Friday, 22 April 2011 11:49
Being healthy never goes out of style, but the runway to get there is often fraught with some “what was I thinking?” moments—and we don’t mean big bangs or flashy sweat suits. Here are some greatest hits from our list of fitness “don’ts.”
By Jason Anthony
MYTH: Women who lift weights will get bulky.
Women do not have enough testosterone to develop bulky muscles. Women produce 15 to 20 times less testosterone than men, so even if a woman did want to “bulk up,” it would be difficult without taking a performance-enhancing drug. Since testosterone is not present in sufficient amounts, the woman’s muscle will develop in response to training, but rather than dramatically increasing in size, they will looked “toned.” The toned look comes from removing the fat that is covering a well-developed muscle. Other benefits of weight training include better posture and appearance, a decreased risk for osteoporosis and increased metabolism.
FAD: The Detox Diet
“Detox” diets—like the Master Cleanse, Soup Diet, 21 pounds in 21 days—deplete your body of nutrients and can lead to dehydration, cardiac problems, disordered eating and weight gain. During a detox, dieters do lose water weight, but due to the lack of nutrients, there can also be a loss of muscle mass. This decreases your metabolism and eventually can increase fat storage. Will a detox diet give you results on the scale? Yes, but it will be water and lean body tissue, not fat. As far as “cleansing” goes, your body’s liver and kidneys naturally accomplish the job of cleansing your body.
MYTH: Longer low-intensity exercise burns more fat than high intensity.
Weight-loss is a mathematical equation: calories in versus calories out. When it comes to losing fat, the ratio of energy generated from fat or carbohydrates during exercise is immaterial. Total calories burned during an activity should be given primary attention. The more intense the exercise, the more calories utilized each minute. You may be burning fewer fat calories, but you will burn more total calories, which has a direct correlation to weight loss.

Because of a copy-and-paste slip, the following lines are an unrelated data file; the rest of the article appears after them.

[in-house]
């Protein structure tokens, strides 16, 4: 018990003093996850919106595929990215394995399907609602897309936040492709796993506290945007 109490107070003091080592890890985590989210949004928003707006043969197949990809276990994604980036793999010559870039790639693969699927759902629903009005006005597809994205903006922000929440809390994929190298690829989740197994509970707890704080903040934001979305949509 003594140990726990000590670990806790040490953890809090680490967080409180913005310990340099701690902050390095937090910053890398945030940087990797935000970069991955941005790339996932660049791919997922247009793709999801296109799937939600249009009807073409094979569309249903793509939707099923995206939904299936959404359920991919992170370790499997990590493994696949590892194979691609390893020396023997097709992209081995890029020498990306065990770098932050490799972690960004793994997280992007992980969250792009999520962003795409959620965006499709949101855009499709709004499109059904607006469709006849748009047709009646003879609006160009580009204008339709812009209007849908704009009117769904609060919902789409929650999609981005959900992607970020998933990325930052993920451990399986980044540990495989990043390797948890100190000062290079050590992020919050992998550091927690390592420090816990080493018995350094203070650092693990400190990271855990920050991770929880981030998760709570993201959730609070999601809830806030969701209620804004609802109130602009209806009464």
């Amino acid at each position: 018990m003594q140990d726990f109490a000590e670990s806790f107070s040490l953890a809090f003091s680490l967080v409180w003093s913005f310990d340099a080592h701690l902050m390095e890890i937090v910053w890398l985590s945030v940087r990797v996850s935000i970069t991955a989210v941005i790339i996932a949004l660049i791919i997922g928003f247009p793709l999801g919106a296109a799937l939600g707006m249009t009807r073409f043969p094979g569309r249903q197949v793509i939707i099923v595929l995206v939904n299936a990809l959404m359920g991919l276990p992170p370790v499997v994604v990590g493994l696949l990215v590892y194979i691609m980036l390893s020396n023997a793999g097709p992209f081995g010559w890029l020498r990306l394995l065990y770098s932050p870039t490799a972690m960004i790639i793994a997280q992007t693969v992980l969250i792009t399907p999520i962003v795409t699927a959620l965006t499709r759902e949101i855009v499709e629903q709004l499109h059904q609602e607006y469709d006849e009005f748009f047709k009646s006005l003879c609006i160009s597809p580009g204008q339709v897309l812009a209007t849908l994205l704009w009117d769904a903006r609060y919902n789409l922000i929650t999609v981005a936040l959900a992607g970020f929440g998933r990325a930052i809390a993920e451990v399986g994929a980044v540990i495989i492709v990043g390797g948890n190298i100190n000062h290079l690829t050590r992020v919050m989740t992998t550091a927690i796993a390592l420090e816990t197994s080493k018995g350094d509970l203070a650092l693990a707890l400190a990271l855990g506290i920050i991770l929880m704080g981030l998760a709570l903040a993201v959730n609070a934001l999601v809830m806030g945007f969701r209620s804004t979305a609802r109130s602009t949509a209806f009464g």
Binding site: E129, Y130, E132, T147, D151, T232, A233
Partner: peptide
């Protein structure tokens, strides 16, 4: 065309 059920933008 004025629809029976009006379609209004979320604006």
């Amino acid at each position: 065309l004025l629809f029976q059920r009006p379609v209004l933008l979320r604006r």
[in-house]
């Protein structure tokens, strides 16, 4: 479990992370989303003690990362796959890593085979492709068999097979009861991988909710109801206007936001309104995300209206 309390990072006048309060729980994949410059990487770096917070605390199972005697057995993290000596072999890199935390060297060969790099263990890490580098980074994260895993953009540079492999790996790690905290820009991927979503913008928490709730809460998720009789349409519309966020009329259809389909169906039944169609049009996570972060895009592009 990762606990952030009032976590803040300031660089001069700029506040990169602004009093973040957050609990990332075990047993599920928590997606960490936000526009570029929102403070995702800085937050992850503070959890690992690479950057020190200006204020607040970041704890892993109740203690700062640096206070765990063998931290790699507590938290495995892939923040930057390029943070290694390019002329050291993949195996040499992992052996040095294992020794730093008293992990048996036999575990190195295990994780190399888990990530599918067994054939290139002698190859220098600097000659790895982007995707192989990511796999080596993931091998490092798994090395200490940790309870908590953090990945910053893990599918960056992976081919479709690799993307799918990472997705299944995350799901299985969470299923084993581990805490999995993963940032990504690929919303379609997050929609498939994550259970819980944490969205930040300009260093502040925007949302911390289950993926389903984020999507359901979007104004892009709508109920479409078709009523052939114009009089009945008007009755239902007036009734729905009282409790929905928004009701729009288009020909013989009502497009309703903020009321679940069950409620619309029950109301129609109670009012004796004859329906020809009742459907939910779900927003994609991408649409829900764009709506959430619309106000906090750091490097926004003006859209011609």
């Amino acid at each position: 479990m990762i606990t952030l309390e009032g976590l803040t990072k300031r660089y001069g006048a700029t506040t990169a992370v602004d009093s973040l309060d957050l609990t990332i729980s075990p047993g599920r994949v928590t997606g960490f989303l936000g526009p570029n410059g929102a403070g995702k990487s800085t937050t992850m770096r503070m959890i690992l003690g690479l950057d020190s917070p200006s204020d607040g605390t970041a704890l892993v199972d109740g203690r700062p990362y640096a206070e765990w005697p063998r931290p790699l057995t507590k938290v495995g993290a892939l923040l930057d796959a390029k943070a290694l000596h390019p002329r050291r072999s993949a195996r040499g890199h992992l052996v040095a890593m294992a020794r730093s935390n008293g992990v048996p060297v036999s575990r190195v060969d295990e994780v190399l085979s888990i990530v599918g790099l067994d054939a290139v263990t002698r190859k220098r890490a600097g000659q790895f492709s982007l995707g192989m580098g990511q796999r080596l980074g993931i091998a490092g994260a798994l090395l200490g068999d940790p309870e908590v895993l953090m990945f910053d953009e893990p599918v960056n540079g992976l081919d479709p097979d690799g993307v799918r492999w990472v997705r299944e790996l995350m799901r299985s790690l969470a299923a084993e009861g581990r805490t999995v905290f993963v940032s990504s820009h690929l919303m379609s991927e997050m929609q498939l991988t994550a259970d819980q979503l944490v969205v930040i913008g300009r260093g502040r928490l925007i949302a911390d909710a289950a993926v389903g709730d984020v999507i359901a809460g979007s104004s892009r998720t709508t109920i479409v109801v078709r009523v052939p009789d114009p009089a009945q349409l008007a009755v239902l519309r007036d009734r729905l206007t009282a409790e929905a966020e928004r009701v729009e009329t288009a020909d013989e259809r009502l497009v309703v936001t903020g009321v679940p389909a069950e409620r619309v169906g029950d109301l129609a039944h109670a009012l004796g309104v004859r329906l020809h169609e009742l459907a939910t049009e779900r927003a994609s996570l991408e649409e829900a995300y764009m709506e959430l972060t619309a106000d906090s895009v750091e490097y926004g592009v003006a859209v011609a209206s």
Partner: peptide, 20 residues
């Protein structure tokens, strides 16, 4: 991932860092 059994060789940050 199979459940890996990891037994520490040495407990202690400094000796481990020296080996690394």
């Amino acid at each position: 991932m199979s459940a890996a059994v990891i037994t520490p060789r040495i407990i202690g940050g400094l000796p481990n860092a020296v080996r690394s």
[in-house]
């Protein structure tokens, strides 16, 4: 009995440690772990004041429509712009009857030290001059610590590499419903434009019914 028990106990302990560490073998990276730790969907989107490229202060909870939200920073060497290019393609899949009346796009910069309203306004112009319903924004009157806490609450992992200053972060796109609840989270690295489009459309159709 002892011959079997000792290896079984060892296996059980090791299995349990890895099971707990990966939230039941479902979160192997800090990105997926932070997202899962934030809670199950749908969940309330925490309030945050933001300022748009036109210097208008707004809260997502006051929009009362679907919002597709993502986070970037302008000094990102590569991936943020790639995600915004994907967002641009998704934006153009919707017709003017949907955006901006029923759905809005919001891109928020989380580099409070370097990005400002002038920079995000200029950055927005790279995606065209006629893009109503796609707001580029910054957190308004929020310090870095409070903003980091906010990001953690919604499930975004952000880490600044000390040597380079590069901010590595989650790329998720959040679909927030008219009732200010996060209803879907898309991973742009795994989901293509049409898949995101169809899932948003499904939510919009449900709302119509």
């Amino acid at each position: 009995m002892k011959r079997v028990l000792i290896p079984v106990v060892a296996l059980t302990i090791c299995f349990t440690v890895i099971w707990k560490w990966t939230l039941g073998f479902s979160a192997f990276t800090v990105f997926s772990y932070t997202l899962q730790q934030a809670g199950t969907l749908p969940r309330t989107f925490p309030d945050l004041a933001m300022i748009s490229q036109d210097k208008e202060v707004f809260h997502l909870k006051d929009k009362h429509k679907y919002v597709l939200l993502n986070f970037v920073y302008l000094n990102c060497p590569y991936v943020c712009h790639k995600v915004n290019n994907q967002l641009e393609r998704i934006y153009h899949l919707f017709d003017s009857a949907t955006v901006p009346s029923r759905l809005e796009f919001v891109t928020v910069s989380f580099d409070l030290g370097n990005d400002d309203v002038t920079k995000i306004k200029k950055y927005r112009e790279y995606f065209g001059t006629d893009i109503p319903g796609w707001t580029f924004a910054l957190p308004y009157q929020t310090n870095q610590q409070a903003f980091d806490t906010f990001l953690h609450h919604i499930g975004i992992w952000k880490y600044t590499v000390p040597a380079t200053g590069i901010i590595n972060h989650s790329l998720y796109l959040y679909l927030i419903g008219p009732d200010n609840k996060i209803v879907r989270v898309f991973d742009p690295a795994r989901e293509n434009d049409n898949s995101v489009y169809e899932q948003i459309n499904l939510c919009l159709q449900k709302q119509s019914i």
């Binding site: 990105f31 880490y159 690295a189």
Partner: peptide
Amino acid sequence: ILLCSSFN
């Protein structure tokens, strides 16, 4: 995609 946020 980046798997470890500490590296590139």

MYTH: Abdominal exercises lead to a flat stomach.
We have all seen people performing countless crunches in search of that perfectly toned midsection. But despite the late-night infomercial propaganda, a flat stomach is not achieved from abdominal exercises. Although a lot of money is made with wild claims of reducing fat in one area alone, numerous studies have shown that when enough calories are being burned to lose weight, fat is reduced from the entire body, not just in the area being exercised. To obtain the coveted “6-pack,” one needs to have a low enough body fat percentage. It’s not about the sit-ups.
FAD: More protein = big muscles.
Increased protein does not correlate to extra strength. In fact, excess protein can be stored as fat—just like carbohydrates. Exercise, rather than excessive protein intake, is the key ingredient to increasing muscle mass. While our bodies do require protein to repair and build lean body tissue, the quantity required is much lower than what the supplement industry tells us. The standard method used to determine minimum daily protein requirements is to multiply body weight (in pounds) by .37. For example, a 160-pound male should consume no less than 59 grams of protein per day.
MYTH: Late-night eating causes weight-gain.
Consuming more calories than you burn is the basis of weight-gain. Studies have shown that there is no correlation between weight-gain and the time of day that we eat. However, there is a correlation with high-calorie diets and weight-gain. If your daily intake of food results in a calorie surplus, you will gain fat. Whether you eat your final meal at 5pm or midnight, it all goes back to a simple equation: calories in versus calories out. Instead of focusing on the time, focus on the quality and quantity.
Jason Anthony is an NSCA Certified Personal Trainer with Zen Fitness who attended the University of Florida’s School of Business. Get updated food and fitness tips by subscribing to Jason’s blog: trainerjasonanthony.wordpress.com.